When the commercial aired, protests and riots took place all over America as part of the #BlackLivesMatter movement. On the surface, it seems like the Pepsi commercial was “inspired” by these protests and encouraged people to “live bolder”, but audiences thought that it trivializes the purposes of these protests: criticizing police brutality and racial discrimination.

Today, more consumers are attuned to altruism and demand that brands step up and do better to advance for social change. Copywriters and marketers have to take cultural and social context into account when creating marketing materials.

3.  Trying too hard to be funny

Sometimes, humor is like a secret language: either you get it or you don’t.

You know that awkward moment when you try to fit in a group that you aren’t on the same wavelength with? That’s exactly how it feels when a brand tries too hard to be funny and ends up making their target audience cringe over it.

With Millennials and Gen-Z consumers set to overtake older consumers in the consumer market, they are a huge target for companies, advertising agencies, and market research firms. Brands want to put in the effort to engage with Millennials and younger audiences who are “chronically online”, but uhh… sometimes these ads come off as awkward and unfunny. 

Case Study

In 2012, Kia used memes like Condescending Willy Wonka and LOLCats to promote the Kia Sorento. The campaign, dubbed “Seasons Memeing Contest,” encourages participants to come up with images using creative captions and memes to win gift certificates and a $1,000 prize to fund a classroom project. Despite the financial and philanthropic motives, young audiences did not respond positively to the campaign. More than 70 Kia-related memes were uploaded, but every single one of them had more downvotes than upvotes.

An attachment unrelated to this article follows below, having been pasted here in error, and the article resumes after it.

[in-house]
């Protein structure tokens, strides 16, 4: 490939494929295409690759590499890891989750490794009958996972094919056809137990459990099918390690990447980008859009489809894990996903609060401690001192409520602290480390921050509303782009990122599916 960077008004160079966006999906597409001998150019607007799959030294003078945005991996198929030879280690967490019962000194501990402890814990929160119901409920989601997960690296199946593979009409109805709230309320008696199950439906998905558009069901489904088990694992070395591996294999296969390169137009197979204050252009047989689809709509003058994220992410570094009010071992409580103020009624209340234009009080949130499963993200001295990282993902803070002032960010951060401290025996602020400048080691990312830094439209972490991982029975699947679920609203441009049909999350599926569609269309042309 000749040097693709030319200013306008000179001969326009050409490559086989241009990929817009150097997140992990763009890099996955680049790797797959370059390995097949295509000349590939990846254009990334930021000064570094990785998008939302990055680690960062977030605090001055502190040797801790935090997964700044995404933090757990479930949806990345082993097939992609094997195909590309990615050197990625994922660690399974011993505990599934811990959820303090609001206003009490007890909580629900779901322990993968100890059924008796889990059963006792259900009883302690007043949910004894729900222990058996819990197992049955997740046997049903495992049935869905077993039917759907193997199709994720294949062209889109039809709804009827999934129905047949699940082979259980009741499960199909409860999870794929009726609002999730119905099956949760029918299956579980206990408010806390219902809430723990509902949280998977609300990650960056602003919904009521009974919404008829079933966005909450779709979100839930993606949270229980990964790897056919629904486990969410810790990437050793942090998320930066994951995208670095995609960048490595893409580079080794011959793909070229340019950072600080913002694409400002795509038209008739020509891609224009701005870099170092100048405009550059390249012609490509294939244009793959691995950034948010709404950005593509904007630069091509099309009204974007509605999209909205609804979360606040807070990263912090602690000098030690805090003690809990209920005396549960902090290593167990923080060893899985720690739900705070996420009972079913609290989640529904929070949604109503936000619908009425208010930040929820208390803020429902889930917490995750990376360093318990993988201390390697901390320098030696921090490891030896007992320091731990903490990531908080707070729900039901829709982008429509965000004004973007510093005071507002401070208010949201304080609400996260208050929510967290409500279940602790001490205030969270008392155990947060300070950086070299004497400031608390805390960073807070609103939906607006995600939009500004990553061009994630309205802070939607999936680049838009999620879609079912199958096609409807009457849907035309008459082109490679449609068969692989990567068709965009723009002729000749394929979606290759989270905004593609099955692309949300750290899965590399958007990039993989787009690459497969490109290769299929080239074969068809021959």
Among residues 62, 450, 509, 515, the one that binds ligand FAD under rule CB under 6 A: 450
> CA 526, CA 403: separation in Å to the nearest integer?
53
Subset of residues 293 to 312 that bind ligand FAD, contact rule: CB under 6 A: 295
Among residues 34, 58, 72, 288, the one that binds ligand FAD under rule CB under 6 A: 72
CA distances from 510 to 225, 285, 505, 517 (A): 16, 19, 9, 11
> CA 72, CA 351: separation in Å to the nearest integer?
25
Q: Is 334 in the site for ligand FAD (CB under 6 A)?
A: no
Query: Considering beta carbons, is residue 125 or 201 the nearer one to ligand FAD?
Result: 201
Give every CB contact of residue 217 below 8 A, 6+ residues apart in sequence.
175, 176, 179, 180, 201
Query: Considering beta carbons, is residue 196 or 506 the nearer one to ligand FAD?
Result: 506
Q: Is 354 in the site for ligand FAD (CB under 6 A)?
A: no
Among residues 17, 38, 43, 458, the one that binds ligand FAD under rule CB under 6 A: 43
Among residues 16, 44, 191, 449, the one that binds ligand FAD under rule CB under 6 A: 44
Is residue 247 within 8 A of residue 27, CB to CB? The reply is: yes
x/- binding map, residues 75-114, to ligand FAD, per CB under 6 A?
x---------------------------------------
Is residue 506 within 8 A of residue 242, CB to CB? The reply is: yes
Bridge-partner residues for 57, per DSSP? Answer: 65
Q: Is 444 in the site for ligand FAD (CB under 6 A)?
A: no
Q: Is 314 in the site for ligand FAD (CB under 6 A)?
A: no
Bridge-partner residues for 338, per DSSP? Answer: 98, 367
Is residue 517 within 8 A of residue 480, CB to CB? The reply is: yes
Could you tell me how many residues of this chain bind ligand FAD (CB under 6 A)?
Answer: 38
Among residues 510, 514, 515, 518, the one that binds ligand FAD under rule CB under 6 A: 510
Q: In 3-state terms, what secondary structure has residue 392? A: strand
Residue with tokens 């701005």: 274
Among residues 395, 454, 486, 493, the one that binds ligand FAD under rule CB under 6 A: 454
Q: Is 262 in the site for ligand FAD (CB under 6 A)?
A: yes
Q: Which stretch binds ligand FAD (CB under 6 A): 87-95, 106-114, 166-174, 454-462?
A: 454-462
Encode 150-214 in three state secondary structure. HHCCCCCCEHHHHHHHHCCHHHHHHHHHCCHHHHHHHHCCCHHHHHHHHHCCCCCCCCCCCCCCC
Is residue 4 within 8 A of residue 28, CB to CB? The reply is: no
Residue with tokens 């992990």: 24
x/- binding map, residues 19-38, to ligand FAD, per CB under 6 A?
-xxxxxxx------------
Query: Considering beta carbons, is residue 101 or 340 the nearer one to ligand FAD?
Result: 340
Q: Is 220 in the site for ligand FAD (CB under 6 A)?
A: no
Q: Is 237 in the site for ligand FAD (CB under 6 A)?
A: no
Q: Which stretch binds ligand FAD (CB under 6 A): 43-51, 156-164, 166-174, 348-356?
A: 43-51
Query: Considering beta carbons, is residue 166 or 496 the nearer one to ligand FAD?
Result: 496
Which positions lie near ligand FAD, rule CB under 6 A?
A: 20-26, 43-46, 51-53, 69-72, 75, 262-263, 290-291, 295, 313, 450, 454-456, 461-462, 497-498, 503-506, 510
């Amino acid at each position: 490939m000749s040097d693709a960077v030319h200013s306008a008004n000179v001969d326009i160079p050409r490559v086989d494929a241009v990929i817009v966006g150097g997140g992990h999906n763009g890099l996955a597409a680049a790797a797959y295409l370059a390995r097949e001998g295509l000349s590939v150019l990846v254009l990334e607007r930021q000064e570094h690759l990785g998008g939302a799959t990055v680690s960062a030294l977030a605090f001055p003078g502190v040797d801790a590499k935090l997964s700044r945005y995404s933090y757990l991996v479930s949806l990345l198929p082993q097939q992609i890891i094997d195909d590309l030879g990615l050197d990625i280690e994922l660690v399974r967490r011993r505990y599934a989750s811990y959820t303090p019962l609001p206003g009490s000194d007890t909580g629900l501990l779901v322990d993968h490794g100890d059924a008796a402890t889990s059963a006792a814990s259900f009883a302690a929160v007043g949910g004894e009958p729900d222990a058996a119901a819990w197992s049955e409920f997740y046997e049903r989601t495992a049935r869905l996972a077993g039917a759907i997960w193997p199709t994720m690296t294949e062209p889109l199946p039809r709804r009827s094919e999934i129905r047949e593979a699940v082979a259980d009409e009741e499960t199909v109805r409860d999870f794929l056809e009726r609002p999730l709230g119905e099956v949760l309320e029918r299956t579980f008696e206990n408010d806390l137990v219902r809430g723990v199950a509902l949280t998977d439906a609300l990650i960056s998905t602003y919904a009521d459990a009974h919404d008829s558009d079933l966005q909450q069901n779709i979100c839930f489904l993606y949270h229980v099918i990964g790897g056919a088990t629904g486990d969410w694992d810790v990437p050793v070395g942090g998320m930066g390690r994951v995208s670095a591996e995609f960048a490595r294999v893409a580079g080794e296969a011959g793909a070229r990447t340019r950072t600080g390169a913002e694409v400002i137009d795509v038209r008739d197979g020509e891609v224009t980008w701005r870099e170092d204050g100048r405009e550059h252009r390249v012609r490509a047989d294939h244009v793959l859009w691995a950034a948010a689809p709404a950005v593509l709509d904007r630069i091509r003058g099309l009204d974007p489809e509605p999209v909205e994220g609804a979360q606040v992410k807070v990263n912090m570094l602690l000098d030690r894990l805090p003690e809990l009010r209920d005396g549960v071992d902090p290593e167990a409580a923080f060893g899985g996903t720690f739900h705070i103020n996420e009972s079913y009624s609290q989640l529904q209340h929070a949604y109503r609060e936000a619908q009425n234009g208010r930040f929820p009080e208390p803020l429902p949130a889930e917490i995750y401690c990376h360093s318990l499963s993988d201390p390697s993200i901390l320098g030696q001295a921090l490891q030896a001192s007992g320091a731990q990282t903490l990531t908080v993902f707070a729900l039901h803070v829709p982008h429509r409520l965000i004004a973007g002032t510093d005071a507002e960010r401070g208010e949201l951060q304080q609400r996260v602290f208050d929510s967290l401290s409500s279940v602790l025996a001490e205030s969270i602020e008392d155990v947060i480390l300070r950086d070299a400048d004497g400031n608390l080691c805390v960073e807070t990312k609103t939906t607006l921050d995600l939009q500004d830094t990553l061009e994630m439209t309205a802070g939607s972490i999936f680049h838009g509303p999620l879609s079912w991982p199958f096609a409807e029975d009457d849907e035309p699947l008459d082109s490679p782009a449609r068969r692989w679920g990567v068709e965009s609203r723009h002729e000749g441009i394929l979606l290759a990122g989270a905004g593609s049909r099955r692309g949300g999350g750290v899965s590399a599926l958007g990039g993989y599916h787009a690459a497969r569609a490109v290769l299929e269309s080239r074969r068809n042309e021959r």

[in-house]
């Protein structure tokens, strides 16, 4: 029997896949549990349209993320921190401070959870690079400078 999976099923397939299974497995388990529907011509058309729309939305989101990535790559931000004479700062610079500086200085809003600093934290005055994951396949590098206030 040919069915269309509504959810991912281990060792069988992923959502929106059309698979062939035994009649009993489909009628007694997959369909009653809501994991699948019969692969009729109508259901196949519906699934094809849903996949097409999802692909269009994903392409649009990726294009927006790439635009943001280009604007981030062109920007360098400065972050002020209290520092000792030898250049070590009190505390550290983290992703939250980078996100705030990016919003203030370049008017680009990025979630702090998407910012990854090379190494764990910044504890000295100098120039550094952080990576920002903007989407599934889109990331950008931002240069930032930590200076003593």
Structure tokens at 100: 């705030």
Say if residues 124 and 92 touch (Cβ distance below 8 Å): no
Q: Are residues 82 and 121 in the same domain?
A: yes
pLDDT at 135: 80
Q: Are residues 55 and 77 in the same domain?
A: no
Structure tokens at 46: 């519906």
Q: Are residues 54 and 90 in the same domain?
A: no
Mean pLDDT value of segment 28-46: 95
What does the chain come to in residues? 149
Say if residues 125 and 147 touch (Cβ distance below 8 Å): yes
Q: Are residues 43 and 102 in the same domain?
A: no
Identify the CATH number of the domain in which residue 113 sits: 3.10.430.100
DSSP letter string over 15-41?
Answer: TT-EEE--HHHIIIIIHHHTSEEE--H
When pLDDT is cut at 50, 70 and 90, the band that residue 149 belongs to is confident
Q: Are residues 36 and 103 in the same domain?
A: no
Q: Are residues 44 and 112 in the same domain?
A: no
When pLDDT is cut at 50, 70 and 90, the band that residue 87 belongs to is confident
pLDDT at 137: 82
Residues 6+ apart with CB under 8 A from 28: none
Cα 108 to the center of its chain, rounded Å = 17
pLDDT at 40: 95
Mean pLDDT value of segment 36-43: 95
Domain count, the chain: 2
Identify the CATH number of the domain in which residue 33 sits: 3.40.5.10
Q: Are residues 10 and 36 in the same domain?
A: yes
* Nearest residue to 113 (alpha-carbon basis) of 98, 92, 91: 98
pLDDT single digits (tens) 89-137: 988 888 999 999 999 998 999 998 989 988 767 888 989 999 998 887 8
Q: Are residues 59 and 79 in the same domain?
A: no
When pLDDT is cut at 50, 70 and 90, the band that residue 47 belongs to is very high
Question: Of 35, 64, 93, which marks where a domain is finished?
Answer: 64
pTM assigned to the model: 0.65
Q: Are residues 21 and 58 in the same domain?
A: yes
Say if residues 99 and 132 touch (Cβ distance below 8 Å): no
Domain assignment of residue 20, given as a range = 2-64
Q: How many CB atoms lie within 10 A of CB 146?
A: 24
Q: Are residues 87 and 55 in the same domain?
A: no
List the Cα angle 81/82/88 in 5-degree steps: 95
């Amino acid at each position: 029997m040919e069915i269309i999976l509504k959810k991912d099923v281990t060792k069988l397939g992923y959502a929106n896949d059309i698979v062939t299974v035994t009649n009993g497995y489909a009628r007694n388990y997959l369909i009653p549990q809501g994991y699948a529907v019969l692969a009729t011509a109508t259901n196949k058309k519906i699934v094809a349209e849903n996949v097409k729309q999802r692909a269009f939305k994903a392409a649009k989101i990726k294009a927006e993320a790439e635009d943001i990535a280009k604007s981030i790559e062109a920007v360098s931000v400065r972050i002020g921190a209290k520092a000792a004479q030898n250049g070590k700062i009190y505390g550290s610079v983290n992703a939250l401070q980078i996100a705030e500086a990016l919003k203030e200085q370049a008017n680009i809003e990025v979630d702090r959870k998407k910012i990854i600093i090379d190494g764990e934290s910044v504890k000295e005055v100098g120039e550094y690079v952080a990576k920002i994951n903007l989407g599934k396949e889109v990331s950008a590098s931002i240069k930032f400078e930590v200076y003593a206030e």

We appreciate the effort, but it’s just not giving!

Don’t get us wrong: we do love it when brands utilize current trends and cultural symbols to get their message across! Unfortunately, the copywriters at Kia failed to grasp and distill the essence of the meme, resulting in a message that wasn’t funny or relatable for the audience. 

Think of your audience as high school cliques that “speak” their own language! If you cannot relate to them or decipher their language, it is better not to attempt to be humorous in your copy — it might end up as a half-baked marketing ad that does a bad job of engaging the audience.

* * *

Give your audience the gift of laughter (and have the last laugh yourselves) by creating memorable and engaging marketing campaigns with humorous copywriting!

Humor is a powerful tool for brands to connect with their audience, but copywriters have to use it wisely and be mindful of its risks. At the heart of every successful marketing campaign is authentic, relatable, and inclusive content that makes your copy stand out.

Don’t let your brand’s attempts at humor fall flat like a bad joke! Create amusing and entertaining copy to give your audience a good laugh by working with us today.